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MNI: BOC Says Curbing CPI Will Take Time, Slower Growth Needed


Canada faces strong inflation pressure even as gasoline prices tumble and the economy needs a phase of slower growth to pull things back into balance, top central bank deputy Carolyn Rogers said the day after hiking 75bps.

"Getting inflation all the way back to 2% will take some time. We also know there could be bumps along the way," Rogers said in the text of a speech Thursday being given in Calgary. "Our primary focus will be to judge how monetary policy is working to slow demand, how fast supply challenges are resolved, and most importantly, how both inflation and inflation expectations respond."

The speech warned against complacency over the full journey back to the inflation target after the last CPI report slowed from 8.1% to 7.6%. Rogers made no mention of the Bank's past view tightening could stop just beyond the neutral rate seen from 2%-3%. The job market remains tight while slower Q2 growth masked strong investment and consumer spending, she also pointed out.

"While it looks like we might have seen the peak of overall inflation in Canada, inflation excluding gasoline prices has continued to rise and broaden across goods and services," Rogers said. "We need a period of lower growth to balance things out and bring demand back in line with supply."

Canadian firms are also seeing less progress when it comes to unclogging global supply chains than foreign peers, she said.

Governing Council discussed the risk of entrenched inflation before Wednesday's rate increase and that danger will rise the longer people expect elevated prices, Rogers said. "By front-loading interest rate increases now, we’re trying to avoid the need for even higher interest rates down the road and a more pronounced slowing of the economy."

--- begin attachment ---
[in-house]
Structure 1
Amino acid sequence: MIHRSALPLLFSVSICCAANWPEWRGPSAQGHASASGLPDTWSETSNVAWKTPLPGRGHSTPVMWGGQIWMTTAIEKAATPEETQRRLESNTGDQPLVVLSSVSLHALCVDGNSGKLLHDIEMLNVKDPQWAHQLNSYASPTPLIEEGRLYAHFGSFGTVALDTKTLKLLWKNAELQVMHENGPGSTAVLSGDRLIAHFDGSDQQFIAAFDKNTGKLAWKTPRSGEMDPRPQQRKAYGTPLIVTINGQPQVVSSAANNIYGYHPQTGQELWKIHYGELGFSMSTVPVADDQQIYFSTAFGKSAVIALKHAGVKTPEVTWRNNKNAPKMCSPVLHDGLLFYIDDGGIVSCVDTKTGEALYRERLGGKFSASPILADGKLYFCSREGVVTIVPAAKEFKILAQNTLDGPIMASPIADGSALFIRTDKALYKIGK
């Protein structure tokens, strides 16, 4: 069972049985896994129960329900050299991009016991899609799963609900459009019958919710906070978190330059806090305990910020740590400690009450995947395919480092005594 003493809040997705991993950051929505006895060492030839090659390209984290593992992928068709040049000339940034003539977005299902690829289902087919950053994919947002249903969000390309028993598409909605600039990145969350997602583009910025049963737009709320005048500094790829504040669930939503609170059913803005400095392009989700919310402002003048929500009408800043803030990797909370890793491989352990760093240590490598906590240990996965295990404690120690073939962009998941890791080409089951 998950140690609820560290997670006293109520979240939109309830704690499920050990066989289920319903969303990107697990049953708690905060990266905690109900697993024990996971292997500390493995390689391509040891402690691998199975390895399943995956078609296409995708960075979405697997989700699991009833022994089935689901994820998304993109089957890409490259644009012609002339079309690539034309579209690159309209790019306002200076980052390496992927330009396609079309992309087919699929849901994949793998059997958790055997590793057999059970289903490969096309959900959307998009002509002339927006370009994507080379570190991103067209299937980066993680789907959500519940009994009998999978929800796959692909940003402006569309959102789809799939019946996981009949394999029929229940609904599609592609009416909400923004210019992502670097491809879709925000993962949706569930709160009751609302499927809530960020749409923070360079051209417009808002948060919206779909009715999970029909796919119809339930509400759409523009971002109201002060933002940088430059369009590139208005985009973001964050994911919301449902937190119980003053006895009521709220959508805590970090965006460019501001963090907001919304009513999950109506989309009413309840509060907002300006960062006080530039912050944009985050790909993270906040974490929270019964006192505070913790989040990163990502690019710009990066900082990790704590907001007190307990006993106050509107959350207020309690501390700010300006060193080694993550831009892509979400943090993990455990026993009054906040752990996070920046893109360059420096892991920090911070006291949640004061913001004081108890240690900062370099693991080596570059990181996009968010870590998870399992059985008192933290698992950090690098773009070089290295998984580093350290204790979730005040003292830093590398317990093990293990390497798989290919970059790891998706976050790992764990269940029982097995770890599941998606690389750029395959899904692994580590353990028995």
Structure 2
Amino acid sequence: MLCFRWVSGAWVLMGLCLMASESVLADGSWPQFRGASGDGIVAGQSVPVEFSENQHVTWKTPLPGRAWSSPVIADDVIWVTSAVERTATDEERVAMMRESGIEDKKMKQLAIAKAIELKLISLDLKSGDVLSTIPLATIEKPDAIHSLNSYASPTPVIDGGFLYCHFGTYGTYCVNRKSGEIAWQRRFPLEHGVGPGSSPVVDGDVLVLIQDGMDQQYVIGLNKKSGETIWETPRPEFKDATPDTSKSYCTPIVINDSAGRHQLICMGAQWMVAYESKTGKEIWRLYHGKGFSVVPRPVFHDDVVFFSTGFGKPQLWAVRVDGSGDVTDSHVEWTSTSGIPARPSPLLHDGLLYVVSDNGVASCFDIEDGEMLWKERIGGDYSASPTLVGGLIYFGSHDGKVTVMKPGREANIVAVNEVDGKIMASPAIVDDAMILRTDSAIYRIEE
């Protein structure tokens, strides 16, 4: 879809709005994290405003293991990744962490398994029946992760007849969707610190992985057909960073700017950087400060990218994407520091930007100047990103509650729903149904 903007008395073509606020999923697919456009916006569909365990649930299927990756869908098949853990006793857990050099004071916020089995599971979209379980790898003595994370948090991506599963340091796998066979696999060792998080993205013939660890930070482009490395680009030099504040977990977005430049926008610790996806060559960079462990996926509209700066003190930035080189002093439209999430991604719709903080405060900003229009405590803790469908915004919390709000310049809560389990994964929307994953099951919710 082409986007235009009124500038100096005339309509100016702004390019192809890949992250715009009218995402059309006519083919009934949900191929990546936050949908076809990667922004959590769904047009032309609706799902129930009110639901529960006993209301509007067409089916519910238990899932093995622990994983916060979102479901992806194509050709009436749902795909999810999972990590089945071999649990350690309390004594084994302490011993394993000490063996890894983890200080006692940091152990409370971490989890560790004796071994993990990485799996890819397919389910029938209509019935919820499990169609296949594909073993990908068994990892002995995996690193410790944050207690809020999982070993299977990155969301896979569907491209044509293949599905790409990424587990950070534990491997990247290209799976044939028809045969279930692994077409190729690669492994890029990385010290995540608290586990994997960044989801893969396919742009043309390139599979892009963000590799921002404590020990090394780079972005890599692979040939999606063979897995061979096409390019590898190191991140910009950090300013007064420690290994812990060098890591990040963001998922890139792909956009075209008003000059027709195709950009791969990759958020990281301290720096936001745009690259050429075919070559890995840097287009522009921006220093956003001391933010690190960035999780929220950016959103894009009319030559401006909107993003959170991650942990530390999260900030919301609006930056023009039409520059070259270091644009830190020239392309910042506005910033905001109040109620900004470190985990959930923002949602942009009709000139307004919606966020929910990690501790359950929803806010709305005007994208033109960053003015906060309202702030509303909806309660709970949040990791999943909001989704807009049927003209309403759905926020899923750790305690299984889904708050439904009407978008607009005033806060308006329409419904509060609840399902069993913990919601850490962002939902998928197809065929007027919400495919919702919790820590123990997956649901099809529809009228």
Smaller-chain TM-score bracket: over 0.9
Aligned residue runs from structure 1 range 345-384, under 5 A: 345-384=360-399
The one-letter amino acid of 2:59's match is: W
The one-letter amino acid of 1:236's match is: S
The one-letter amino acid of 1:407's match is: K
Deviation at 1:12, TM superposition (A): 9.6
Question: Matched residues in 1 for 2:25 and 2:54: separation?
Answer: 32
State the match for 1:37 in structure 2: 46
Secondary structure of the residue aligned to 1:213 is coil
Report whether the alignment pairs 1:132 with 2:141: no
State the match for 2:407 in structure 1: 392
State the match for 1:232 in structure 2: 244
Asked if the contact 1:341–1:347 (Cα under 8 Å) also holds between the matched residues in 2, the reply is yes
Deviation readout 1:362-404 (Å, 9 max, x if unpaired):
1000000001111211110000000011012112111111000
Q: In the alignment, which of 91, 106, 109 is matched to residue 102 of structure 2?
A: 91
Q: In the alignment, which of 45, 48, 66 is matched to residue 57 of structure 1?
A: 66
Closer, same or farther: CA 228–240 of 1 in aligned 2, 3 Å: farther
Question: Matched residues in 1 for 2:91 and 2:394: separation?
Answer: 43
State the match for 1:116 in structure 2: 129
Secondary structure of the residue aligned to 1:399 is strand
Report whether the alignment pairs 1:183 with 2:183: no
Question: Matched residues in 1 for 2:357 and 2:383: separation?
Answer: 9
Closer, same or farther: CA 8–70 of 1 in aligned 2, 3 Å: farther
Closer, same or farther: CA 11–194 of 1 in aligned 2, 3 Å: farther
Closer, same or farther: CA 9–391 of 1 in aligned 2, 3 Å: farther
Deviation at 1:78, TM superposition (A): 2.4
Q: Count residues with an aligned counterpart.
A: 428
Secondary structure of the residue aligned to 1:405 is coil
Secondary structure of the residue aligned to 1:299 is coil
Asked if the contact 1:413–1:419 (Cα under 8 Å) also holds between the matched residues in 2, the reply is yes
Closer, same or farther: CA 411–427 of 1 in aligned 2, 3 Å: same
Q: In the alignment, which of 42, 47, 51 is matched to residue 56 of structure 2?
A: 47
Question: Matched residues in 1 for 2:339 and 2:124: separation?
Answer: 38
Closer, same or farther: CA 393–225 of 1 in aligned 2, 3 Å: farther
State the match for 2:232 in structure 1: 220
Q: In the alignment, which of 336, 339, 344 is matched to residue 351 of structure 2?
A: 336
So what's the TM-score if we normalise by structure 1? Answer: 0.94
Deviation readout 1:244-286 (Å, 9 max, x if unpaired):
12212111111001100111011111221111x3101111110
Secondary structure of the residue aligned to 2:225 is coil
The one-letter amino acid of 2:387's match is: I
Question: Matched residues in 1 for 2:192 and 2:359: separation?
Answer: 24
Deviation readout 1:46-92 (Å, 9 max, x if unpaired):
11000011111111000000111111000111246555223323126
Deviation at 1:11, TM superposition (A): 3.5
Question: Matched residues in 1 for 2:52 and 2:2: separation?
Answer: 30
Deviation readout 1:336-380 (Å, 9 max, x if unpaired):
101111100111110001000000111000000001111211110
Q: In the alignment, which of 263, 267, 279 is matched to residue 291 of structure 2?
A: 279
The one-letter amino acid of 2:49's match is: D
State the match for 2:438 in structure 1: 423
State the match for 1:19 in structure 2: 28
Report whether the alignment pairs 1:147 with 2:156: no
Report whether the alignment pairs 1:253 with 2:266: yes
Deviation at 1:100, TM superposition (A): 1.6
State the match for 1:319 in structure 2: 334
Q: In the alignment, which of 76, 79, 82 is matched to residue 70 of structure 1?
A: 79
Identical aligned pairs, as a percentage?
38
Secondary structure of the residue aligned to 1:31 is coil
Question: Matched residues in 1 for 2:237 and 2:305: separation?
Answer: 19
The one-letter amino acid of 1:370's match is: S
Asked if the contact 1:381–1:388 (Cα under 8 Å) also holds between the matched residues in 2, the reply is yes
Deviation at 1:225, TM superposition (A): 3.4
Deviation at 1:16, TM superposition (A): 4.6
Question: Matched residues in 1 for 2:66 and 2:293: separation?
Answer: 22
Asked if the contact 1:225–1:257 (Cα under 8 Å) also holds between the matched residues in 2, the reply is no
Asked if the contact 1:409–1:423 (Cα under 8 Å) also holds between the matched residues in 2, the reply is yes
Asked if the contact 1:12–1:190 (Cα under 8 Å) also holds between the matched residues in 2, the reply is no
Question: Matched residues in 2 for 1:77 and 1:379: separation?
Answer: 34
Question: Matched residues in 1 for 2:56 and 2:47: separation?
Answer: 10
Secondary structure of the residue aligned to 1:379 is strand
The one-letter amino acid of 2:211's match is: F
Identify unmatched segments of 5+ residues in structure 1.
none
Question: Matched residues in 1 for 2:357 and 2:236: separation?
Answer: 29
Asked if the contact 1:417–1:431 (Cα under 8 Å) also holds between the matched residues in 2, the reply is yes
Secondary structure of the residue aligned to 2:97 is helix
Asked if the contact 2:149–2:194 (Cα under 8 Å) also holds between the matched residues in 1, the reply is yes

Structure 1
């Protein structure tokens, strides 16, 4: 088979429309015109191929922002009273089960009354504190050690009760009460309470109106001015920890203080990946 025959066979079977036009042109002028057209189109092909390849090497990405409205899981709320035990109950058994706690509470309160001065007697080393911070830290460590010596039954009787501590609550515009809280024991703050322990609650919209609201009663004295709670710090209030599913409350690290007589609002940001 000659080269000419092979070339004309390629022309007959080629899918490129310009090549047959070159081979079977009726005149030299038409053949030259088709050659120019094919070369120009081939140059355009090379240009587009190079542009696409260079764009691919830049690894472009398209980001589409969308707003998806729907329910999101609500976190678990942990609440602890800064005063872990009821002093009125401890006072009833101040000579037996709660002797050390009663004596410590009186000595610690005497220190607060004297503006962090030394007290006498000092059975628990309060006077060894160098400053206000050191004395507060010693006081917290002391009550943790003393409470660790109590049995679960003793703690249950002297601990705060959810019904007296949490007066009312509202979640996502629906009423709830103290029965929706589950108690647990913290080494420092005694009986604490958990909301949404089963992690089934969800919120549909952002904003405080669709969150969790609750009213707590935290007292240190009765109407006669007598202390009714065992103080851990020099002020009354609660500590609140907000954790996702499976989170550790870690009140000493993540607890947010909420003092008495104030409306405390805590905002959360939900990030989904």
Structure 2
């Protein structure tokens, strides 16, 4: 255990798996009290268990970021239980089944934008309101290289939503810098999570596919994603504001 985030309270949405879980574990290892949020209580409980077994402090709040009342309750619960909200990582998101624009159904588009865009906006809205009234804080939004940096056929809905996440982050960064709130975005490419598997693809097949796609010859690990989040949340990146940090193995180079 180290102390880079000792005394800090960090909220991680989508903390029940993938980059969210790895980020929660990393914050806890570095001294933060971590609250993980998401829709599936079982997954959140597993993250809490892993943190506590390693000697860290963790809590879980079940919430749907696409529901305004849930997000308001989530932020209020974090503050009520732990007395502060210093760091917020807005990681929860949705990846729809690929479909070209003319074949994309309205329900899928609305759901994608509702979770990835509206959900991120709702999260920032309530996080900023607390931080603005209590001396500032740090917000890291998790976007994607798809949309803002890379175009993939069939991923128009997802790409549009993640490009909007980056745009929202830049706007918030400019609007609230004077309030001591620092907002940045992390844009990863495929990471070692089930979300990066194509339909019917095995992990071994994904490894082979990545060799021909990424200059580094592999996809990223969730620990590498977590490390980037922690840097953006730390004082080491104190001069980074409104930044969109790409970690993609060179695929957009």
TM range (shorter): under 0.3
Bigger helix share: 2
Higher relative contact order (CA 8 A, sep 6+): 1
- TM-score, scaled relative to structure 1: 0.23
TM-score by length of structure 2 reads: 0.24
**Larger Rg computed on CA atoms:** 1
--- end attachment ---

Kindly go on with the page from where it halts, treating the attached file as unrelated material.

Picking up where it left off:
The Bank hiked 100bps in July and today's 3.25% rate is the highest in the G7. Rogers didn't provide much detail on any terminal rate, while repeating that the highest borrowing cosince 2008 must rise even further. 

"Data over the past two months point in one direction -- the Canadian economy continues to operate in excess demand, despite the recent pullback in housing, and inflationary pressures are increasingly broad-based," Rogers said. The Bank's July projection said inflation may stay at around 8% for a few months and exceed the 2% target until the end of 2024, longer than its two-year horizon for restoring normalcy.

"Given the outlook for inflation, we continue to judge that the policy interest rate will need to rise further," Rogers said in an echo of the rate decision statement. "As the effects of tighter monetary policy work through the economy, we will be assessing how much higher interest rates need to go to return inflation to target."

MNI Ottawa Bureau | +1 613-314-9647 |
MNI Ottawa Bureau | +1 613-314-9647 |

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